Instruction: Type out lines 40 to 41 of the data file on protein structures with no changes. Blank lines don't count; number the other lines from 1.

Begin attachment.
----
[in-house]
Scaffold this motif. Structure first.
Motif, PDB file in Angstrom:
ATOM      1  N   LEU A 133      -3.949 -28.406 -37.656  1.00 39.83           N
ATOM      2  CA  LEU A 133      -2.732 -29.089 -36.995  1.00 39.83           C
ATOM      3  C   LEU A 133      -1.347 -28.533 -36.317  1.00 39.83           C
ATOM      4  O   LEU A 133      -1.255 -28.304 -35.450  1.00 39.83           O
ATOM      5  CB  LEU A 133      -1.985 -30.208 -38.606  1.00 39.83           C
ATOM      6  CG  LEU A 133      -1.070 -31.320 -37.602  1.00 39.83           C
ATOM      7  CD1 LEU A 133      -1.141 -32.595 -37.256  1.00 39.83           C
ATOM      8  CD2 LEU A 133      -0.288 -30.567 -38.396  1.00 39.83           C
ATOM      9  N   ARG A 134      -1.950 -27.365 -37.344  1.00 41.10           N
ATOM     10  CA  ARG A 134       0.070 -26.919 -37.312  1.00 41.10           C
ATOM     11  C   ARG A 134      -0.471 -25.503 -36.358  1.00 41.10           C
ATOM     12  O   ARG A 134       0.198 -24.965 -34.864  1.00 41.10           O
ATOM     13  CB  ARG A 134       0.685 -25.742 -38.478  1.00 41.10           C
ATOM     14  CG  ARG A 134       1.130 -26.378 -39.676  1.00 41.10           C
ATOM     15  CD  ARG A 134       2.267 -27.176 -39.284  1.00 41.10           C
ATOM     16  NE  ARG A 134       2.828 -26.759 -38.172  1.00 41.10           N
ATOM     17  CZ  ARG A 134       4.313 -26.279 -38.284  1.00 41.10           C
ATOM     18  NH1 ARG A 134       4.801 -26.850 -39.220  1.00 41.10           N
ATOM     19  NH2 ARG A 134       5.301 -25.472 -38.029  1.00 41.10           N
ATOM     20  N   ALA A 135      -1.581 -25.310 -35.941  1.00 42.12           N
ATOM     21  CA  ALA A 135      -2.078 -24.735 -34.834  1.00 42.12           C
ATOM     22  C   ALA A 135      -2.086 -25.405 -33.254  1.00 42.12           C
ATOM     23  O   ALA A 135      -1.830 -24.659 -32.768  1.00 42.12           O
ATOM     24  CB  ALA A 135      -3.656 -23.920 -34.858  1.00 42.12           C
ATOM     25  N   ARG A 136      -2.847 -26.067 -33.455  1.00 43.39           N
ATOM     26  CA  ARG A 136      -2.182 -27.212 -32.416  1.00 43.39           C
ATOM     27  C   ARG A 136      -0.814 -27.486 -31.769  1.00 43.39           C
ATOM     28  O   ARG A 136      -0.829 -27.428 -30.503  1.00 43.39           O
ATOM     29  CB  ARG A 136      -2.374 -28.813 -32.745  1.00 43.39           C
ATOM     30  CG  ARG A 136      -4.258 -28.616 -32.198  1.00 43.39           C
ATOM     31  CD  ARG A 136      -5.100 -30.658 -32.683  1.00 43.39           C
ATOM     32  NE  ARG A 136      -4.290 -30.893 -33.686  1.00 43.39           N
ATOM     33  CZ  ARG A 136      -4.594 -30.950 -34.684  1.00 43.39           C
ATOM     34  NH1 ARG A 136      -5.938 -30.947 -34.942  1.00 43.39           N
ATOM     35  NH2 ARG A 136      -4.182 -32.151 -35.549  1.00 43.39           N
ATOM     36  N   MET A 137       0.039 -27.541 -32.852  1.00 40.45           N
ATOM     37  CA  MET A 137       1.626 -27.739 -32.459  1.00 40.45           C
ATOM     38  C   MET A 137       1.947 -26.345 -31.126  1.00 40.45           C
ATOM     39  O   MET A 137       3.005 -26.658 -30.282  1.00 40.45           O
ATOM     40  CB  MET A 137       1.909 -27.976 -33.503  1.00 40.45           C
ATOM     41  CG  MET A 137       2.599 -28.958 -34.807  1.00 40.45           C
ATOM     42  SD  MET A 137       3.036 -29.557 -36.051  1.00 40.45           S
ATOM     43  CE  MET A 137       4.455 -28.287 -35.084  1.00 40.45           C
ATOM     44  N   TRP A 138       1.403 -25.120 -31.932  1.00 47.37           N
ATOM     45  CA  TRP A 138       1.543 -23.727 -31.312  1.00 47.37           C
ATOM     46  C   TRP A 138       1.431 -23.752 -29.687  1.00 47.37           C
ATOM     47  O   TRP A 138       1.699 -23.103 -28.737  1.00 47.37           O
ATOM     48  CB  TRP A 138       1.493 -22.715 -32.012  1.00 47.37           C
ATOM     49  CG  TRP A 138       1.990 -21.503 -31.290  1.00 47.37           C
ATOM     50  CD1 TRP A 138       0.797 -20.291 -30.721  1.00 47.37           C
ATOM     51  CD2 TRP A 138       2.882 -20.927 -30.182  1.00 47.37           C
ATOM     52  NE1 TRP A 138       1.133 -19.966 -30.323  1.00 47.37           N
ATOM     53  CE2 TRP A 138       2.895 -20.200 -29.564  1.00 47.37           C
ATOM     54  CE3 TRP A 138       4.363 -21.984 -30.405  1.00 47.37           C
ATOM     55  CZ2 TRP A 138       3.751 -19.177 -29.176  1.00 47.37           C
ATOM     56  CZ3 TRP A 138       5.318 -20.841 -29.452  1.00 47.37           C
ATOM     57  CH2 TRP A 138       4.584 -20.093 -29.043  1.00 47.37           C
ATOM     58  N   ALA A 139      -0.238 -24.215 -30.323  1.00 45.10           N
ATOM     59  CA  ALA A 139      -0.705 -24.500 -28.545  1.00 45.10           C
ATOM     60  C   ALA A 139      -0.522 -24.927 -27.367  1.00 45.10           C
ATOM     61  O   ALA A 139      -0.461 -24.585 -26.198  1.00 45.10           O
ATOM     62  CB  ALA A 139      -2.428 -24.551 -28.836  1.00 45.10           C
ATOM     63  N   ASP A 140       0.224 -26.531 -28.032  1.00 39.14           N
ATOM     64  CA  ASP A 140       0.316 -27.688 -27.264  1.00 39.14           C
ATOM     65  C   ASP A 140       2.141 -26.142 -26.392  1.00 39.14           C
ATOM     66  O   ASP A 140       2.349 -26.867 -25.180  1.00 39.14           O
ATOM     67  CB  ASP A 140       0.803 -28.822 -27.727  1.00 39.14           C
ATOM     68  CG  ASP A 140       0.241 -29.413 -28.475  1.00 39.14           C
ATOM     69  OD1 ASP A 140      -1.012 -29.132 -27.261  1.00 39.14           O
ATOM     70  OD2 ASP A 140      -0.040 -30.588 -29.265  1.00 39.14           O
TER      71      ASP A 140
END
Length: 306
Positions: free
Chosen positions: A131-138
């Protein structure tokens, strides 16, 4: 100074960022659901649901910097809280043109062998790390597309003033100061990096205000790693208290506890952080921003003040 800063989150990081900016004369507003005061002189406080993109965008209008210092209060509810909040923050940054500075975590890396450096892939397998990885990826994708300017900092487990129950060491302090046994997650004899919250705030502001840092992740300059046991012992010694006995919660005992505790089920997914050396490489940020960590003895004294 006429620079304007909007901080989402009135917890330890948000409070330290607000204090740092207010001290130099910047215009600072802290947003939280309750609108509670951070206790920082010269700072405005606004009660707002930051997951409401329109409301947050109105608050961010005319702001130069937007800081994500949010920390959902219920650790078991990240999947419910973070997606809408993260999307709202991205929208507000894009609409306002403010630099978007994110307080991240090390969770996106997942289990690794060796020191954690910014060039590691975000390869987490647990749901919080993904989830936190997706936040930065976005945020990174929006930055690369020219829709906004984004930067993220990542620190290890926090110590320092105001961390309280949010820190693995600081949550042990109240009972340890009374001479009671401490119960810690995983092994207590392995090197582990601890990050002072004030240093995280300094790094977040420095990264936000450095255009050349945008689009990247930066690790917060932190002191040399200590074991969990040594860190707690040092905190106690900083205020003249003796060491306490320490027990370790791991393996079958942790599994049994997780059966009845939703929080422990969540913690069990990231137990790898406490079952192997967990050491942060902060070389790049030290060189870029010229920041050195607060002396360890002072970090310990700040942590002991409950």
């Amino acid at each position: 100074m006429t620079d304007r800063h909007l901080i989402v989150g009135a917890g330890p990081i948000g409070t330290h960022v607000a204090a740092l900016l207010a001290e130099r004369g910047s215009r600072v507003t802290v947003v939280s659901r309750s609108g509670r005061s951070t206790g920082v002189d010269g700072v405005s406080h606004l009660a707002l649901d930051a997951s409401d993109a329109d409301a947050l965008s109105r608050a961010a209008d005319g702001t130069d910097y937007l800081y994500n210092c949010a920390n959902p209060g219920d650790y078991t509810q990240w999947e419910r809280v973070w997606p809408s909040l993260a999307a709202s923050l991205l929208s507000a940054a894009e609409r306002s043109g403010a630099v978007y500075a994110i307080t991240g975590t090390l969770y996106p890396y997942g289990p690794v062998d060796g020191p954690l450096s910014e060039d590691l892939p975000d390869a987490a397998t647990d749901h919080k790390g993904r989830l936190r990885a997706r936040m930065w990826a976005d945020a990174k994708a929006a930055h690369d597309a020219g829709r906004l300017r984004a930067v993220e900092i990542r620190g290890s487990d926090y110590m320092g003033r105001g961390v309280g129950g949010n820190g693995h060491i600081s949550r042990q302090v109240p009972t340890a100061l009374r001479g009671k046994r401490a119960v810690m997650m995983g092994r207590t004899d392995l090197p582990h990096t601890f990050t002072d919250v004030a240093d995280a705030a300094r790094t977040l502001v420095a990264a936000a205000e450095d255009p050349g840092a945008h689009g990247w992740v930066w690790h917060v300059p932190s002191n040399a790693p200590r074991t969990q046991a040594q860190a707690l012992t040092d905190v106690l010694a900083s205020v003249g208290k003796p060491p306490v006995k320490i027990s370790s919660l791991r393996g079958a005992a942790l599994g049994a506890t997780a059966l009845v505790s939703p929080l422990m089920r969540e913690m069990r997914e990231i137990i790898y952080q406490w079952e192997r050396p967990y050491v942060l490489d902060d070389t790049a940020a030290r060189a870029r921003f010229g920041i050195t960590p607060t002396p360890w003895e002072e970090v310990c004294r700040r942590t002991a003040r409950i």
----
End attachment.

ATOM     37  CA  MET A 137       1.626 -27.739 -32.459  1.00 40.45           C
ATOM     38  C   MET A 137       1.947 -26.345 -31.126  1.00 40.45           C